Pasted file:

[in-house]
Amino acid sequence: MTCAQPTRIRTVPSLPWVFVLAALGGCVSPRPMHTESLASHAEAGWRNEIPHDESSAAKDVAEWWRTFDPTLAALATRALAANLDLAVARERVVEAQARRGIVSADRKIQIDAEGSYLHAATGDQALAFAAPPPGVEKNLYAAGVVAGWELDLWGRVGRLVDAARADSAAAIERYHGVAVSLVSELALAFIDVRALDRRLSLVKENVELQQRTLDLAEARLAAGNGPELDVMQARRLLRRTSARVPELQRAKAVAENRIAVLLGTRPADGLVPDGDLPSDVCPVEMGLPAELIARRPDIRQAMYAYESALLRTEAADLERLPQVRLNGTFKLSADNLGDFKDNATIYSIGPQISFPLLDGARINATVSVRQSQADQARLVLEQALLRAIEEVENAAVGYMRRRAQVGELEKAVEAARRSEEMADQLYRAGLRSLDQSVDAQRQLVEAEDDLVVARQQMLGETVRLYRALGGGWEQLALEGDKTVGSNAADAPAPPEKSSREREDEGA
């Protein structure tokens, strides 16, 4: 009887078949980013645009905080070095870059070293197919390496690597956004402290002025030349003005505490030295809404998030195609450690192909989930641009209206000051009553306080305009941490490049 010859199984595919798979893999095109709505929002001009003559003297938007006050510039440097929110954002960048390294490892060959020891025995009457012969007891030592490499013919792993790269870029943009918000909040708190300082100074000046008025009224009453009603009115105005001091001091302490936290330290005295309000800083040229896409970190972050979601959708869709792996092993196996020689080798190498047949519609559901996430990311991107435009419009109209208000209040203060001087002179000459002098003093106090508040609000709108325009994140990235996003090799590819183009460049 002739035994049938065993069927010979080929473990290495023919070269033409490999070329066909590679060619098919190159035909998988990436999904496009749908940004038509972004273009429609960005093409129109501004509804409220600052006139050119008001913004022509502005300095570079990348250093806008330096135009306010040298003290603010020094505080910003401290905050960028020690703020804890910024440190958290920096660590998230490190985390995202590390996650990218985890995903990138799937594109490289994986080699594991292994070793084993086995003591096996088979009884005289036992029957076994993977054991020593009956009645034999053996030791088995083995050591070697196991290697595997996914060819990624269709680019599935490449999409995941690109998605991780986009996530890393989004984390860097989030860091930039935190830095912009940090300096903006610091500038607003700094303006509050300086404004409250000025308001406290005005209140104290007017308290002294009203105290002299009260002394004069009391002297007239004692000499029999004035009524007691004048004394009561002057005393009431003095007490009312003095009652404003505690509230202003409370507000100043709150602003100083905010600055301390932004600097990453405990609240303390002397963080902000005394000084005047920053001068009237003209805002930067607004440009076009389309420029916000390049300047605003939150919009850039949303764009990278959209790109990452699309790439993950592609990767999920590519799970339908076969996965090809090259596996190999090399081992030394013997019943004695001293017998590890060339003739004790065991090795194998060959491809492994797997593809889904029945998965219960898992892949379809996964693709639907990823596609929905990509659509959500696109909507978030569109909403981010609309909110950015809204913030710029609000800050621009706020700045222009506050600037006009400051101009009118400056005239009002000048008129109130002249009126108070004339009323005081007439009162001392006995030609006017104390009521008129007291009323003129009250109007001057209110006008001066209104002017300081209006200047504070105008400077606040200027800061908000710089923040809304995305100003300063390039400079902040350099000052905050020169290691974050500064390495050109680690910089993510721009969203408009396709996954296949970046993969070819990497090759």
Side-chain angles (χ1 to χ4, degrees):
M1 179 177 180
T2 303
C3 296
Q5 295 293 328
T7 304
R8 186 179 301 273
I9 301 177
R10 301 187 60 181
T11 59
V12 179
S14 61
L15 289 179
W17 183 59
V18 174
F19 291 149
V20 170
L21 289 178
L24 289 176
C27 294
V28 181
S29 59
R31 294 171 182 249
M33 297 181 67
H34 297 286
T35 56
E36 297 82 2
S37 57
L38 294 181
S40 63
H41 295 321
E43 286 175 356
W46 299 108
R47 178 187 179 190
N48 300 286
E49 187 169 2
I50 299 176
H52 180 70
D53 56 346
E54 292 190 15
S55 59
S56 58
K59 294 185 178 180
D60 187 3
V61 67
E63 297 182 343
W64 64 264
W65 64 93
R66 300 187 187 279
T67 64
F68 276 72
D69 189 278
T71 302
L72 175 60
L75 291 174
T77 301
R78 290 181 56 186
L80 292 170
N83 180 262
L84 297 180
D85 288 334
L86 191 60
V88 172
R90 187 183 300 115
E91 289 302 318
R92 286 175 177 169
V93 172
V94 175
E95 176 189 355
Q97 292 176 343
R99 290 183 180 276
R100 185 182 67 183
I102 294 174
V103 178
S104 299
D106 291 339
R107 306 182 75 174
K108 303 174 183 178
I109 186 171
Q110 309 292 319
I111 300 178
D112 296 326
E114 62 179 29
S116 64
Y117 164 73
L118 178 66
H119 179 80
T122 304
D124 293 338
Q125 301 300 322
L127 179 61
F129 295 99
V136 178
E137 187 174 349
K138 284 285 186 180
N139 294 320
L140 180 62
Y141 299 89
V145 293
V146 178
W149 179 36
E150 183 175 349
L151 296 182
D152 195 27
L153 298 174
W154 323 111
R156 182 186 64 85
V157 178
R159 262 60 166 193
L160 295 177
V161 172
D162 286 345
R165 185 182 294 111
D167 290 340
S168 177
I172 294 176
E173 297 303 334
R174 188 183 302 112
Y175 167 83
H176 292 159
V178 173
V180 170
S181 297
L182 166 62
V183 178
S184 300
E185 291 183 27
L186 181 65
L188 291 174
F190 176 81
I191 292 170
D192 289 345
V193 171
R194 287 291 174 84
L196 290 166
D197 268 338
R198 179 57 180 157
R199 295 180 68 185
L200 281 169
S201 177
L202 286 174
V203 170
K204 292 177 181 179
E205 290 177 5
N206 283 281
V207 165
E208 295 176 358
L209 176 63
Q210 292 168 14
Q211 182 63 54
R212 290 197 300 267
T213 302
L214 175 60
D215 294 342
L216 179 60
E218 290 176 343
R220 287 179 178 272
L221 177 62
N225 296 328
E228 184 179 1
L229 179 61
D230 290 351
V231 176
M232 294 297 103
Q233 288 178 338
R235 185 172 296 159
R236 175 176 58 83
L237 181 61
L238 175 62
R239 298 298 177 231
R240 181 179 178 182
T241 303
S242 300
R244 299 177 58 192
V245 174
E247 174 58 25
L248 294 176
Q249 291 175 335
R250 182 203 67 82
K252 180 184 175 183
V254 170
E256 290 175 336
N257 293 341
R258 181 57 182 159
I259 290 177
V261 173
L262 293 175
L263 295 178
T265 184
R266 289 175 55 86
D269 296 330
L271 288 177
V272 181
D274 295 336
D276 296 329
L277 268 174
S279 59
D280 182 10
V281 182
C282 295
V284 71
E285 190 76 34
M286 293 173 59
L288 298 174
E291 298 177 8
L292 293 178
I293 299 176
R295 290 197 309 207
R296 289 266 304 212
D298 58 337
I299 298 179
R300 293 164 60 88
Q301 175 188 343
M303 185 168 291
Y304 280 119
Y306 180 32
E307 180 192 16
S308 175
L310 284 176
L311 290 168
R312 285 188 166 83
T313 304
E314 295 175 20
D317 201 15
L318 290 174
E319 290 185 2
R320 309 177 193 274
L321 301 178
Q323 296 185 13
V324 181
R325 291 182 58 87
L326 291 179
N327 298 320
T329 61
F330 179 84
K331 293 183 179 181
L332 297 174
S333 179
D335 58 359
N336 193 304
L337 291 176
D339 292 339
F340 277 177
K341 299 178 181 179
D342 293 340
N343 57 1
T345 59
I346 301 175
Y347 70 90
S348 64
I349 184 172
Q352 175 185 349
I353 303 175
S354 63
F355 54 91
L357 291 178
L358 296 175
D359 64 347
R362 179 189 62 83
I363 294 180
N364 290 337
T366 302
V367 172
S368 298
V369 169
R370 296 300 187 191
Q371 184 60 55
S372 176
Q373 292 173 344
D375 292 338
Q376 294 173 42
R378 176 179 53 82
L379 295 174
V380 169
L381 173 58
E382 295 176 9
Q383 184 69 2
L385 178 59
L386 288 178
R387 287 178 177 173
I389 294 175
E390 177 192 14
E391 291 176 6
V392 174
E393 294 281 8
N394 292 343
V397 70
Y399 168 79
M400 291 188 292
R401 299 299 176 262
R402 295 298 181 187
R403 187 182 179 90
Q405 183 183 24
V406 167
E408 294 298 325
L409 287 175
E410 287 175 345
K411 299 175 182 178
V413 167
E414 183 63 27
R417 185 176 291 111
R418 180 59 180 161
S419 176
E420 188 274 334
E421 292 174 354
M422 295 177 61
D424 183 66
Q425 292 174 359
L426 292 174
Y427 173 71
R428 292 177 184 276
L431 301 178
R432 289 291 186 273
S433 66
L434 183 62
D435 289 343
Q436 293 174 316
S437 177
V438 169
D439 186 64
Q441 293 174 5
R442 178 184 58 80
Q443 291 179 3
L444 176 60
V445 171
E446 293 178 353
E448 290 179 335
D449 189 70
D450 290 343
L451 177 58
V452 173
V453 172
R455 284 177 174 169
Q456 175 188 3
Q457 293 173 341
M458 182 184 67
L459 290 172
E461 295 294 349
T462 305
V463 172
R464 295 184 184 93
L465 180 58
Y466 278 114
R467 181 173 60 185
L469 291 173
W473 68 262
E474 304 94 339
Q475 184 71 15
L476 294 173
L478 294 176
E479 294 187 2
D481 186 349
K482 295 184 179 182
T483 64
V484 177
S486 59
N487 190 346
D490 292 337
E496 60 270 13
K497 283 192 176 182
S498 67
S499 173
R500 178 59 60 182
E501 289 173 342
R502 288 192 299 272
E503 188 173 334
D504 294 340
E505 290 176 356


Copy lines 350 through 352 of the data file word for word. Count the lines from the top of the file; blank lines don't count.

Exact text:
E474 304 94 339
Q475 184 71 15
L476 294 173